More consumers flocked to credit unions last month than in all of 2010 combined, likely in part due to the controversy surrounding debit card fees.
At least 650,000 customers opened new accounts at credit unions since September 29, the day Bank of America announced it would charge customers a $5 per month fee to use their debit card for purchases starting in 2012, the Credit Union National Association estimates. If that number holds true, it would be more than the 600,000 consumers that joined credit unions in all of 2010.
More than 80 percent of the credit unions that experienced a boost last month attributed the growth to fees like Bank of America's or a mix of reactions to fees and "Bank Transfer Day" -- a social media-centered movement encouraging consumers to transfer their money from banks to credit unions or other non-traditional lenders, according to CUNA.
The banks are likely feeling the customer anger. A Bank of America official said the bank decided to scrap the debit card fee earlier this week as other banks also dropped their fees in response to the outcry, according to Reuters.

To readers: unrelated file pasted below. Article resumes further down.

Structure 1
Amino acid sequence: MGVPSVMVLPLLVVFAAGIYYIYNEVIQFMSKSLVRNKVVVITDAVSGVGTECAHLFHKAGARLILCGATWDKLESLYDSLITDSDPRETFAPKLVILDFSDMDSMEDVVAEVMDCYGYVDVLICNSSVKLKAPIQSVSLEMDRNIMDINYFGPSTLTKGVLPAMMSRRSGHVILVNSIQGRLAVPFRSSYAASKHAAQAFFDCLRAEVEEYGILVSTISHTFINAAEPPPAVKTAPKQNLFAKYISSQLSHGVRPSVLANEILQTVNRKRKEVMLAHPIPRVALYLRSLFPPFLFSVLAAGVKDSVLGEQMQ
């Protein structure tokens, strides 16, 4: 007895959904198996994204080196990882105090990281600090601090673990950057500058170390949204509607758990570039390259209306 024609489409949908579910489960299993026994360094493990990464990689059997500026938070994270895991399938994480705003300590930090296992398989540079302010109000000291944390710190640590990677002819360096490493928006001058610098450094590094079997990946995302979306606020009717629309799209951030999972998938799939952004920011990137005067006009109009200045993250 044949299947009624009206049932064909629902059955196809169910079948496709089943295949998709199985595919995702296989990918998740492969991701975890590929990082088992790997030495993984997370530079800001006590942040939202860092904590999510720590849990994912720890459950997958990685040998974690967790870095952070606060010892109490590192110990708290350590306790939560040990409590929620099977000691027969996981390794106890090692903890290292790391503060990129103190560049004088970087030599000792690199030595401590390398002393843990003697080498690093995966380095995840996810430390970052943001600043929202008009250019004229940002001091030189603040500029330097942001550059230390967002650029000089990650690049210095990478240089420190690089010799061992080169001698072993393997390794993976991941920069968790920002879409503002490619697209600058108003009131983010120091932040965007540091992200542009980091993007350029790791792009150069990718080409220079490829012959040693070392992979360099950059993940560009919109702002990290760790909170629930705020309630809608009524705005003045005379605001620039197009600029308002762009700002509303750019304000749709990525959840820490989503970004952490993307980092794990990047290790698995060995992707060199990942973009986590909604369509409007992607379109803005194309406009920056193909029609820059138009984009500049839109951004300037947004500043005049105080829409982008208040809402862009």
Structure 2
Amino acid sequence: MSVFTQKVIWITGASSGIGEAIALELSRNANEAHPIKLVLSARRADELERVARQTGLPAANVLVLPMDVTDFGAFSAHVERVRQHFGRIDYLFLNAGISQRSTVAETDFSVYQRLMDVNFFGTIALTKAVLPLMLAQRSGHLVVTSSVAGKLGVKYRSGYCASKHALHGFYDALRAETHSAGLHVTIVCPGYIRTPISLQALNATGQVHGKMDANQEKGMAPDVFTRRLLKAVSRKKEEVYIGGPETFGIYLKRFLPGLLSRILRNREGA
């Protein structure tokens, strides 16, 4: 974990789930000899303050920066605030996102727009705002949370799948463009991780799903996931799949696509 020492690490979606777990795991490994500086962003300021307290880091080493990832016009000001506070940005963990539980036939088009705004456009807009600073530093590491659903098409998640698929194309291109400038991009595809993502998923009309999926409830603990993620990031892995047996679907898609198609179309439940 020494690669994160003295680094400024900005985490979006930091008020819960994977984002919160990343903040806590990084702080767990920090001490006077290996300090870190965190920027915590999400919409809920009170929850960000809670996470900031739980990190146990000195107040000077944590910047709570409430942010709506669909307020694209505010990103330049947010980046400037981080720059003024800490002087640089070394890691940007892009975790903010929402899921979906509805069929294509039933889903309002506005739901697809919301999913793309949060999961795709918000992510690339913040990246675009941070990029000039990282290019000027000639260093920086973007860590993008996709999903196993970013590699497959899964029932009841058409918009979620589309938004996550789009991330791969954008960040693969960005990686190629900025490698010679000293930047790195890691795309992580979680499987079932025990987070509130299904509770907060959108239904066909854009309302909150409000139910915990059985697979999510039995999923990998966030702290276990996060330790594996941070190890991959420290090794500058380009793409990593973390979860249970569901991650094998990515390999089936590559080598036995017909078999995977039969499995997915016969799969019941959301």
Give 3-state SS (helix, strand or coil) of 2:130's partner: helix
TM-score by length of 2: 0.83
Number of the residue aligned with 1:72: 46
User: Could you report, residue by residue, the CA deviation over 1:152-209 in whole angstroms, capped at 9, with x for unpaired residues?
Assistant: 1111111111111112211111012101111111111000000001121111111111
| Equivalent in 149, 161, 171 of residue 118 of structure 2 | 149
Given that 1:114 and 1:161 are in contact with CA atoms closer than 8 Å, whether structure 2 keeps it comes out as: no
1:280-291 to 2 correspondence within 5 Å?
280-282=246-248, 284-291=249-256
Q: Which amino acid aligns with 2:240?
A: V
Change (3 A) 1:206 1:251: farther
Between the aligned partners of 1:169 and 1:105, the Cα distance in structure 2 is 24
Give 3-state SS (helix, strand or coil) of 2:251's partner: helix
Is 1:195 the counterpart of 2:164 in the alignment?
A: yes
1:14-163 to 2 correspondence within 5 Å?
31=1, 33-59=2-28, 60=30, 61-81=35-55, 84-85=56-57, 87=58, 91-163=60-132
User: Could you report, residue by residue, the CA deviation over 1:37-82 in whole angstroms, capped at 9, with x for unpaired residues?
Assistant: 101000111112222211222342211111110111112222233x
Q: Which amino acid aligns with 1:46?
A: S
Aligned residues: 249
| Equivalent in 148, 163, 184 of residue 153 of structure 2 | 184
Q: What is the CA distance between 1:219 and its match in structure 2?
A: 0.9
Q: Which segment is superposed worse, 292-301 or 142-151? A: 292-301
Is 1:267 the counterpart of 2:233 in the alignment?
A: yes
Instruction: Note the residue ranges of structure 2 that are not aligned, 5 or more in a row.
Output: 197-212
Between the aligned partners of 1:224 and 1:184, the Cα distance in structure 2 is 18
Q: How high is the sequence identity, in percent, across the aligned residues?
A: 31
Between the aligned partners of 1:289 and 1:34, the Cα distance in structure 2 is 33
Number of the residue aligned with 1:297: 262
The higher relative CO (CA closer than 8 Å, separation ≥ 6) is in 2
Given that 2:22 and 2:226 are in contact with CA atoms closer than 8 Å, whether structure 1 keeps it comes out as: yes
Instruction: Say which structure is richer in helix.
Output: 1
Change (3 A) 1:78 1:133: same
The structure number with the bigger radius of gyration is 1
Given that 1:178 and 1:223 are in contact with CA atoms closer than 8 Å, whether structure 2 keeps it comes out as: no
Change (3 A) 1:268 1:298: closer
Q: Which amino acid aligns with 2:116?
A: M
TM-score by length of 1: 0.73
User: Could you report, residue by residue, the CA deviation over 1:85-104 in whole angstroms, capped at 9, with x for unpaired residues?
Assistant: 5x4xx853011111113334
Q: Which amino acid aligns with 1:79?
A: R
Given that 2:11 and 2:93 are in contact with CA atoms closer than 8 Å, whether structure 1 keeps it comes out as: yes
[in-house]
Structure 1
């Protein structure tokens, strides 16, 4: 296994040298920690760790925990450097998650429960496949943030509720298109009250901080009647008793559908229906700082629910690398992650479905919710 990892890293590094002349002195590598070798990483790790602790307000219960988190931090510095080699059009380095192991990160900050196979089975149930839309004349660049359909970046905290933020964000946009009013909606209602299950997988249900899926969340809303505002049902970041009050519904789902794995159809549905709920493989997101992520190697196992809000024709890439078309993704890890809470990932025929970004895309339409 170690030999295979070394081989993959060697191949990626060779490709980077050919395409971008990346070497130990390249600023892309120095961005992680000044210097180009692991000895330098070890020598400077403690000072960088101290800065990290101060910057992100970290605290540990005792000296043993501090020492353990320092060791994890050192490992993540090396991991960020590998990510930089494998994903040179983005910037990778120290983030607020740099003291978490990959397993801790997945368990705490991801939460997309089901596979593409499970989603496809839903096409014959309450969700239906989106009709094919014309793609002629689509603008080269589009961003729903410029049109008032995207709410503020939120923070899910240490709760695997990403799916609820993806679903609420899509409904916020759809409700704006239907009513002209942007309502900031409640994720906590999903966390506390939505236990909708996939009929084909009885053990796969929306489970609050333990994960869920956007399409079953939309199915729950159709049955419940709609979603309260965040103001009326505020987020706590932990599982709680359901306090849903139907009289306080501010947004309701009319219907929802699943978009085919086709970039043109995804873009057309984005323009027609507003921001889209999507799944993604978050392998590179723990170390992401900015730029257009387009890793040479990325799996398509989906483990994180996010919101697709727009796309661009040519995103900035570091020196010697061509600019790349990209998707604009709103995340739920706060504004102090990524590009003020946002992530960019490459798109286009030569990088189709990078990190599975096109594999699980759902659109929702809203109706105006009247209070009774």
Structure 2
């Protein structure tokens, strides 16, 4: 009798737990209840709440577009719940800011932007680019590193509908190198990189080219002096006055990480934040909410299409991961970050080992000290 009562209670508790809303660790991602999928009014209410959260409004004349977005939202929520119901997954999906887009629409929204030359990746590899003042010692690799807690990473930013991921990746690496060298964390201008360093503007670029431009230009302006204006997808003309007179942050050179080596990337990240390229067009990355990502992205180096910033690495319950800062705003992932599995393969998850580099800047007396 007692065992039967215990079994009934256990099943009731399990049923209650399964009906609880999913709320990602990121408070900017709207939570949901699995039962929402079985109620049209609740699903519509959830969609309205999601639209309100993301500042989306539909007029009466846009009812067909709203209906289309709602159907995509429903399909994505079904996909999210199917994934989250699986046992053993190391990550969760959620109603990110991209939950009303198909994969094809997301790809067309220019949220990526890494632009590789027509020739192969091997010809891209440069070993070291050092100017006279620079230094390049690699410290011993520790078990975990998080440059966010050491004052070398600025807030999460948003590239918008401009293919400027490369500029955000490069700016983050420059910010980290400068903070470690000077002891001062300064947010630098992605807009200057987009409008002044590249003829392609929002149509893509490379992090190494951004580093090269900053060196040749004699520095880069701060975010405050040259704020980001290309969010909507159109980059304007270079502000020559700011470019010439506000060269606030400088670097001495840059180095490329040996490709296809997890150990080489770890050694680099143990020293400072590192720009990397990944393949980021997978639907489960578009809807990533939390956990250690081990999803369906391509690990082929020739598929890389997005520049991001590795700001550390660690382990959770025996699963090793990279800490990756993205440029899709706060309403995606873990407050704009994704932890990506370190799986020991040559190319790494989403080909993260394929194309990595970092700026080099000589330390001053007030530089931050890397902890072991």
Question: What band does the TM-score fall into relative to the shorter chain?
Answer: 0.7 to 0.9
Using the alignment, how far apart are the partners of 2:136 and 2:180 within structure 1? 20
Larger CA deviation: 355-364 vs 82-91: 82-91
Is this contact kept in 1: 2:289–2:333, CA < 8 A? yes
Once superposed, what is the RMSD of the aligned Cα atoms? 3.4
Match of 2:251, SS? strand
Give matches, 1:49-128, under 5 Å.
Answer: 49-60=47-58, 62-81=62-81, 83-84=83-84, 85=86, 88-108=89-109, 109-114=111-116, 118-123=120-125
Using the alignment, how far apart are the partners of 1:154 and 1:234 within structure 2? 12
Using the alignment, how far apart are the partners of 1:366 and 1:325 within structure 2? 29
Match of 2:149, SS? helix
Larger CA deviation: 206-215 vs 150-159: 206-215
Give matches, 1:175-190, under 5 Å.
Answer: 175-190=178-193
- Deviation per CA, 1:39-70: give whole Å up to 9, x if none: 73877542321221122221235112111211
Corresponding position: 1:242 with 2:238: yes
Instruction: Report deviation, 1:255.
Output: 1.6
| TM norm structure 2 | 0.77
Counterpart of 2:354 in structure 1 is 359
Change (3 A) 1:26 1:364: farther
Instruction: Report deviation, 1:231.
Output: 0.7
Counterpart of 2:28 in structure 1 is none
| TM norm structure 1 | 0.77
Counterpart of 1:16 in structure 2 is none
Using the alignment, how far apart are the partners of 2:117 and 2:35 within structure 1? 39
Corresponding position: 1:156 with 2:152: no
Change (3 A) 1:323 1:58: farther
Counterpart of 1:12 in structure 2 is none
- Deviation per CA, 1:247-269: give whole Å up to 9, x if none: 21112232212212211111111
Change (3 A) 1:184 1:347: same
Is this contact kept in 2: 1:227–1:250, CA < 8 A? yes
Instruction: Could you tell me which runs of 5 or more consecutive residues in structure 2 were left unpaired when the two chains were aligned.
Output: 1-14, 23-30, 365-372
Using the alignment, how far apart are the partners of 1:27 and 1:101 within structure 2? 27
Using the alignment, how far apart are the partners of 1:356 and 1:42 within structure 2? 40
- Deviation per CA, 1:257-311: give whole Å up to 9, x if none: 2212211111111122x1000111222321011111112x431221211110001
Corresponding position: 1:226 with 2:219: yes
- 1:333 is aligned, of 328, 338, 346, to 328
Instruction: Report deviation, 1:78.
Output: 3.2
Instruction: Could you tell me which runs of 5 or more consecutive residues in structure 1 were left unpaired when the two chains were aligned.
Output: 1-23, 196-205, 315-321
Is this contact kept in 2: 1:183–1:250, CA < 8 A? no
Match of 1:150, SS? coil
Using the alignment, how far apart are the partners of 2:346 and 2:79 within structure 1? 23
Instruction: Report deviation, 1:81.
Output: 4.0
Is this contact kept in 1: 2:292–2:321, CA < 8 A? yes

SunTrust Banks and Regions Financial said they were canceling their debit card fees hours before Bank of America made its announcement, according to the Wall Street Journal. Wells Fargo and JPMorgan Chase also halted their fee pilot programs. One-third of consumers said they would leave their bank if it put debit card fees in place, according to a survey released last month from Research Intelligence Group.
Credit unions across the country are benefiting from customers' decisions to make the switch. The 20 biggest credit unions in Massachusetts reported a 50 percent boost in account openings in the past six weeks, compared to the same period last year, according to the Worcester Telegram. Some Minneapolis, Minnesota-area credit unions have seen their new account volumes more than double during the first three weeks of October, the Minneapolis Star-Tribune reports.
Some credit unions are encouraging consumers to make the switch by extending hours and staffing for Saturday's Bank Transfer Day as well as providing current customers with "switch kits" that they can give to friends and family, according to CUNA.
"They are doing whatever their resources will allow them to do to help serve this consumer surge in interest in credit unions," Bill Cheney, CUNA president and CEO said in a statement.